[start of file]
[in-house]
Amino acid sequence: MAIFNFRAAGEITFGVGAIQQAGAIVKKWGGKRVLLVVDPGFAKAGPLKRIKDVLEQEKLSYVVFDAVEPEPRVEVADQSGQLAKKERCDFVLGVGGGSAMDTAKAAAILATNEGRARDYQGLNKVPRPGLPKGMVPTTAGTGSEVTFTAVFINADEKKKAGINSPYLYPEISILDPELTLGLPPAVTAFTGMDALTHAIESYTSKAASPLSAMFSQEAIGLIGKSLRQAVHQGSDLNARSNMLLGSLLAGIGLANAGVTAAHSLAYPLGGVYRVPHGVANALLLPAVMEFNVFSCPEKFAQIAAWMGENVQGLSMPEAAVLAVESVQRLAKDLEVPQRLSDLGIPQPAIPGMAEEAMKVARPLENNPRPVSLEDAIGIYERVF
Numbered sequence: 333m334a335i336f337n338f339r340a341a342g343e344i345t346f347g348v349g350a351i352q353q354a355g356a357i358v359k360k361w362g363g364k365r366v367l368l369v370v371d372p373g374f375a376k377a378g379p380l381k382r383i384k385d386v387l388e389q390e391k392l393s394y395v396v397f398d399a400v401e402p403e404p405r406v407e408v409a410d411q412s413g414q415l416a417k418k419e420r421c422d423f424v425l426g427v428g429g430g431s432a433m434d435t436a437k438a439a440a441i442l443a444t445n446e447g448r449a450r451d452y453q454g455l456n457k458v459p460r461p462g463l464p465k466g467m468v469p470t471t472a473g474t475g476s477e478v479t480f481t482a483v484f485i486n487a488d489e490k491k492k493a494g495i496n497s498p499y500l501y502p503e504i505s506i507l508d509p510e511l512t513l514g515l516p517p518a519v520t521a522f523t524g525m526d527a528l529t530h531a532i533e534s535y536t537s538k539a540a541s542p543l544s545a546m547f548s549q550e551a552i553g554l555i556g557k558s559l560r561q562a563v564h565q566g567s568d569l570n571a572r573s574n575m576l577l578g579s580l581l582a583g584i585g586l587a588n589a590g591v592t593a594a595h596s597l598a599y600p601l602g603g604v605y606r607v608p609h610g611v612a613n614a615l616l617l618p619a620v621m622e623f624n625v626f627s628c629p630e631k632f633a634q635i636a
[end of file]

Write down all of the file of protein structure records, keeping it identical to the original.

[in-house]
Amino acid sequence: MAIFNFRAAGEITFGVGAIQQAGAIVKKWGGKRVLLVVDPGFAKAGPLKRIKDVLEQEKLSYVVFDAVEPEPRVEVADQSGQLAKKERCDFVLGVGGGSAMDTAKAAAILATNEGRARDYQGLNKVPRPGLPKGMVPTTAGTGSEVTFTAVFINADEKKKAGINSPYLYPEISILDPELTLGLPPAVTAFTGMDALTHAIESYTSKAASPLSAMFSQEAIGLIGKSLRQAVHQGSDLNARSNMLLGSLLAGIGLANAGVTAAHSLAYPLGGVYRVPHGVANALLLPAVMEFNVFSCPEKFAQIAAWMGENVQGLSMPEAAVLAVESVQRLAKDLEVPQRLSDLGIPQPAIPGMAEEAMKVARPLENNPRPVSLEDAIGIYERVF
Numbered sequence: 333m334a335i336f337n338f339r340a341a342g343e344i345t346f347g348v349g350a351i352q353q354a355g356a357i358v359k360k361w362g363g364k365r366v367l368l369v370v371d372p373g374f375a376k377a378g379p380l381k382r383i384k385d386v387l388e389q390e391k392l393s394y395v396v397f398d399a400v401e402p403e404p405r406v407e408v409a410d411q412s413g414q415l416a417k418k419e420r421c422d423f424v425l426g427v428g429g430g431s432a433m434d435t436a437k438a439a440a441i442l443a444t445n446e447g448r449a450r451d452y453q454g455l456n457k458v459p460r461p462g463l464p465k466g467m468v469p470t471t472a473g474t475g476s477e478v479t480f481t482a483v484f485i486n487a488d489e490k491k492k493a494g495i496n497s498p499y500l501y502p503e504i505s506i507l508d509p510e511l512t513l514g515l516p517p518a519v520t521a522f523t524g525m526d527a528l529t530h531a532i533e534s535y536t537s538k539a540a541s542p543l544s545a546m547f548s549q550e551a552i553g554l555i556g557k558s559l560r561q562a563v564h565q566g567s568d569l570n571a572r573s574n575m576l577l578g579s580l581l582a583g584i585g586l587a588n589a590g591v592t593a594a595h596s597l598a599y600p601l602g603g604v605y606r607v608p609h610g611v612a613n614a615l616l617l618p619a620v621m622e623f624n625v626f627s628c629p630e631k632f633a634q635i636a